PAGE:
Defense: Accused killer suffered trauma as child

 

DOVER — A clinical psychologist testified Monday how severe emotional and physical trauma since childhood has affected a man accused of first-degree murder in a Milford home invasion two years ago.

Abdul T. White’s defense team began its case Monday by introducing the psychologist, Dr. Victoria Reynolds, a North Carolina-based trauma consultant. She cited a review of more than 1,000 documents and an interview with the defendant in preparation for her testimony.

Mr. White, 32, is accused of fatally shooting a man during the Aug. 8, 2015, home invasion allegedly perpetrated for the theft of 50 pounds of marijuana. The defendant claims he was coerced into joining another man who triggered the gunshot to the head that killed John G. Harmon.

The second week of the Superior Court jury trial opened Monday with attorney Alexander Funk eliciting Dr. Reynolds’ opinions on Mr. White’s world view based on what was described as an immensely troubled background.

She portrayed a life full of sexual, drug and alcohol abuse around and involving the defendant, lack of able caretakers or safe space, and excessive punishments from family members among other issues during Mr. White’s upbringing in the Philadelphia area.

Mr. White’s mother was 14 or 15 years old when she gave birth. Child Protective Services later recommended that she enter foster care for he inability to properly raise her child, according to testimony.

His father was 32 at the time he was born and his mother engaged in prostitution to feed their drug habits, Dr. Reynolds was told.

“As I understand the law, that’s statutory rape,” Dr. Reynolds testified of his early birth mother.

Abdul T. White

Drug addiction was a constant problem with his mother and father, who physically and emotionally abused him while regularly moving and living in a poverty-stricken environment, often in Section 8 housing. Dr. Reynolds testified that Mr. White attended 10 schools between first and ninth grade.

“I can’t imagine how (the child) learned much of anything going to that many schools,” she said.

A stepfather 10 years or less older than Mr. White proved to be similarly abusive, Dr. Reynolds said she found, and other family members and their friends took advantage of him sexually, along with a 40-something year-old man who allegedly groomed him for eventual sexual abuse.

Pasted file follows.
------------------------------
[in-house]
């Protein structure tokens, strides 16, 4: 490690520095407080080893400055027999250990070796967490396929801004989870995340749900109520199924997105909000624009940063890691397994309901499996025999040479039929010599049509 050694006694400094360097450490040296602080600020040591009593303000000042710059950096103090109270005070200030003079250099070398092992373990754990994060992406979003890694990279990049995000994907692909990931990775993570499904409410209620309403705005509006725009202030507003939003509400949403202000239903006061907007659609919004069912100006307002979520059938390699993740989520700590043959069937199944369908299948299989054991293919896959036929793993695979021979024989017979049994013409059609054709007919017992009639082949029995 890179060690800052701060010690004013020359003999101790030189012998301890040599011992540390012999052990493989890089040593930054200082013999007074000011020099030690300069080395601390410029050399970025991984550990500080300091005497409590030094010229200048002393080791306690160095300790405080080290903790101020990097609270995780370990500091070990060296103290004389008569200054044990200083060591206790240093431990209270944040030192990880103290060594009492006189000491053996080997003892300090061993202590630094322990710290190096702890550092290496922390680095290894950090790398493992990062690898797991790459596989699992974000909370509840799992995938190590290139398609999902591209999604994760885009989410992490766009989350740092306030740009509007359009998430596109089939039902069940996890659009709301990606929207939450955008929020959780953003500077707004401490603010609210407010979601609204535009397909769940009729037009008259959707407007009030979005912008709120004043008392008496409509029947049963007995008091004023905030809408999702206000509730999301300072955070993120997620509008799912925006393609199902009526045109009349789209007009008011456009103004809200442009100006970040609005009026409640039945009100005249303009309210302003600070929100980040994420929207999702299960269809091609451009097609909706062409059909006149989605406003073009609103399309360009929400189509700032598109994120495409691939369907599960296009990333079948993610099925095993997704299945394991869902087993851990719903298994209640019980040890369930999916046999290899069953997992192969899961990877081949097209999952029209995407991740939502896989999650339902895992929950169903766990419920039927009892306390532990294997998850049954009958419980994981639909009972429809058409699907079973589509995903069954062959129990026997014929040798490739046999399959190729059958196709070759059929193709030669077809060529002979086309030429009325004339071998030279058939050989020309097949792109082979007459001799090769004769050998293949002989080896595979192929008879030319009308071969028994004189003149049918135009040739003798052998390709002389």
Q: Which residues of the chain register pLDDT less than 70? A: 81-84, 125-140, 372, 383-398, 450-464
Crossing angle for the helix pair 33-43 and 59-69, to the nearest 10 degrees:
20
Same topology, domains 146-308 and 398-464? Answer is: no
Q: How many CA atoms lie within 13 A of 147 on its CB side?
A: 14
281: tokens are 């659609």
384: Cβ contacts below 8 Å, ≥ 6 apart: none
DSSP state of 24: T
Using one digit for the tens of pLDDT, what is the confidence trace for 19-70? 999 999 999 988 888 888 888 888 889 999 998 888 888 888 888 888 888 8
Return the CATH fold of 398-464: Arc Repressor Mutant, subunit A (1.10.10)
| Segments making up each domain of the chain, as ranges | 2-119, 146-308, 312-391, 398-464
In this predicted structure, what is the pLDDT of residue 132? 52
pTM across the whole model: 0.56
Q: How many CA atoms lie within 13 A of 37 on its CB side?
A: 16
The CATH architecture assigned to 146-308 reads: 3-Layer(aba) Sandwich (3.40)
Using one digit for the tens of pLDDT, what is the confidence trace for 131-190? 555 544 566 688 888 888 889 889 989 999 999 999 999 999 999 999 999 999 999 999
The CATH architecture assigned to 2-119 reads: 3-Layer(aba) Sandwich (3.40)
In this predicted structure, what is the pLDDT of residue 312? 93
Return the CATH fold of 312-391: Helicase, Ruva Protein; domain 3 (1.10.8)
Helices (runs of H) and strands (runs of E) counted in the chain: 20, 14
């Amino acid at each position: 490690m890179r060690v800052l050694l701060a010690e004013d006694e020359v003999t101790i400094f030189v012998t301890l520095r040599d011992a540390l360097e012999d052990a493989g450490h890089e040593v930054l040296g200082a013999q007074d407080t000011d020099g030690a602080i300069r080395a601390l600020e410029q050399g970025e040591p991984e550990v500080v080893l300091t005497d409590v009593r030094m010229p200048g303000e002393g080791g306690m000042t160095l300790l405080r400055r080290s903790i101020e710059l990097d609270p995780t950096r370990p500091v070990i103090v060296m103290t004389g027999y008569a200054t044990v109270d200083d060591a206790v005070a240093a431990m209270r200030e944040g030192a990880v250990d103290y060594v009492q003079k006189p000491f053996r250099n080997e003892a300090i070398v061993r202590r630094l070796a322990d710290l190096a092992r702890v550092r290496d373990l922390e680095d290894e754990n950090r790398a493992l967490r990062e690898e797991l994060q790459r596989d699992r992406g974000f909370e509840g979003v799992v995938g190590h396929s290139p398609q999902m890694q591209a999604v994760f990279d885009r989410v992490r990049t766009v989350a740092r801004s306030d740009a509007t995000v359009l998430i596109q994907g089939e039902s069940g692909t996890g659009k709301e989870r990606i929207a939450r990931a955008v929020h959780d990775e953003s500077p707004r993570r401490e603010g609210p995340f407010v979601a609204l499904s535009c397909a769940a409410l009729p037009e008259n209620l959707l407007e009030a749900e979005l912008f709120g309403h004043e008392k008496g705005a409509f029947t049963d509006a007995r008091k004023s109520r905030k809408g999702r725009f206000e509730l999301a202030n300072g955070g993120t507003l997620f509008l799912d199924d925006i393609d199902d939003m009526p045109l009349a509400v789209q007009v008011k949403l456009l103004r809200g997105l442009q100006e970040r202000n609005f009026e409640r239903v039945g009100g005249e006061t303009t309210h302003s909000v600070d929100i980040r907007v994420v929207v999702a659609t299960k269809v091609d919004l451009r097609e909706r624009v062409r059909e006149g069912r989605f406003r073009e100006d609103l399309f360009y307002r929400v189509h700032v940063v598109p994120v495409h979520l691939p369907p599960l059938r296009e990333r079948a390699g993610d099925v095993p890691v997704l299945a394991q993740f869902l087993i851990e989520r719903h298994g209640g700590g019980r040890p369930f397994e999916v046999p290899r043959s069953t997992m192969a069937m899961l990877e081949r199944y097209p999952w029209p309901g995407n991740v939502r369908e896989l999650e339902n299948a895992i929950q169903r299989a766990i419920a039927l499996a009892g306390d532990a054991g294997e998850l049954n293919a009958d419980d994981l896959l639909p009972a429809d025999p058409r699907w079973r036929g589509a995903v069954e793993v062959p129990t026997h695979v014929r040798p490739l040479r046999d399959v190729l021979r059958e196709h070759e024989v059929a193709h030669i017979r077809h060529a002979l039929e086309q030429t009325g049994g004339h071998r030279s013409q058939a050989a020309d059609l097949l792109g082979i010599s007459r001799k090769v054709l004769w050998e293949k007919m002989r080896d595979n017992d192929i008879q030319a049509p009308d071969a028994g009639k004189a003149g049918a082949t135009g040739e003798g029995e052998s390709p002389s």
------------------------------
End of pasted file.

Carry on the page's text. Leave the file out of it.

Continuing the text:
When he stayed with his grandmother, Dr. Reynolds was told, he was ordered to observe just two rules — make curfew at night and don’t smoke marijuana in front of her.

He remembered tasting his first beer as a 7-year-old after buying liquor for his allegedly alcoholic grandmother, Dr. Reynolds reported.

When Mr. White was caught smoking in elementary school, Dr. Reynolds said she was told, his mother made him eat the cigarette as punishment.

She also supposedly hit him so hard one time he thought his nose was broken, Mr. White apparently recounted to Dr. Reynolds.

At age 8, Mr. White claimed he learned that his father had died of a heroin overdose that was supposedly poisoned as revenge, Dr. Reynolds recounted, which created a dislike for drug dealers.

The doctor described Mr. White as constantly “walking on egg shells” in an attempt not to enrage his mother or father and avoid painful punishments. Also, he lacked a “willingness to trust and follow directions of authority figures” due to his negative adult role models growing up, Dr. Reynolds testified.

Last week, prosecutors pointed to DNA and eyewitnesses that supposedly identified Mr. White as the suspect in the incident in the 500 block of North Walnut Street.

Charges against Mr. White include two first-degree murder charges, along with several counts of possession of a firearm during the commission of a felony, possession of a deadly weapon during the commission of a felony, second-degree kidnapping, first-degree reckless endangering, aggravated menacing, endangering the welfare of a child, first-degree conspiracy, wearing a disguise, impersonating a police officer and criminal mischief.

Nine people, including family members, sat in on the trial in apparent support of the late Mr. Harmon.

Attorney Edward Gill is serving as defense co-counsel, with Deputy Attorneys General Lindsay Taylor and Jason Cohee prosecuting the case. Judge Jeffrey Clark is overseeing the proceedings.

In court documents, Mr. White had home addresses listed in Philadelphia and in the first block of NASCAR Lane in Magnolia.

Reach staff writer Craig Anderson at canderson@newszap.com

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